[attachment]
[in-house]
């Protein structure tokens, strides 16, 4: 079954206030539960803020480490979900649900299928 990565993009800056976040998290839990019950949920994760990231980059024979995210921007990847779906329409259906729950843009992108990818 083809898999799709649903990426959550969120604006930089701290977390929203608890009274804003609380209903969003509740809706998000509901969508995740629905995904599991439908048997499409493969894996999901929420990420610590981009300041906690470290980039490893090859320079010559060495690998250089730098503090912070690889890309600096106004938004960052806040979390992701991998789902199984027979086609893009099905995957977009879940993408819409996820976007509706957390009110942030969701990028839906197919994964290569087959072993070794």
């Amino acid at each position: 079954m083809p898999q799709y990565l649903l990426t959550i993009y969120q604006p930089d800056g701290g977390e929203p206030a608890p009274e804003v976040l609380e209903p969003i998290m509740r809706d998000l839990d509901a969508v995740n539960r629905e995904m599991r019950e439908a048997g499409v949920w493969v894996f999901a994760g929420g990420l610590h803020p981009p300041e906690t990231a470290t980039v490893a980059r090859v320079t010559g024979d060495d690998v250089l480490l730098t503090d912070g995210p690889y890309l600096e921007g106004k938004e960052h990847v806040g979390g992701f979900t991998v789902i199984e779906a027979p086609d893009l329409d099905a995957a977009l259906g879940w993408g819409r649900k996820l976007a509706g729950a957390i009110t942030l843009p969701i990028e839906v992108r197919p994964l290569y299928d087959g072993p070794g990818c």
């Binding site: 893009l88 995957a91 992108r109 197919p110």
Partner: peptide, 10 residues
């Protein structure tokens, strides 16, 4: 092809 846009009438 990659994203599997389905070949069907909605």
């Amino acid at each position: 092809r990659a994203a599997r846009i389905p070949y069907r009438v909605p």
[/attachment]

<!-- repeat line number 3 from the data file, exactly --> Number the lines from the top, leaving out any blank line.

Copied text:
């Amino acid at each position: 079954m083809p898999q799709y990565l649903l990426t959550i993009y969120q604006p930089d800056g701290g977390e929203p206030a608890p009274e804003v976040l609380e209903p969003i998290m509740r809706d998000l839990d509901a969508v995740n539960r629905e995904m599991r019950e439908a048997g499409v949920w493969v894996f999901a994760g929420g990420l610590h803020p981009p300041e906690t990231a470290t980039v490893a980059r090859v320079t010559g024979d060495d690998v250089l480490l730098t503090d912070g995210p690889y890309l600096e921007g106004k938004e960052h990847v806040g979390g992701f979900t991998v789902i199984e779906a027979p086609d893009l329409d099905a995957a977009l259906g879940w993408g819409r649900k996820l976007a509706g729950a957390i009110t942030l843009p969701i990028e839906v992108r197919p994964l290569y299928d087959g072993p070794g990818c």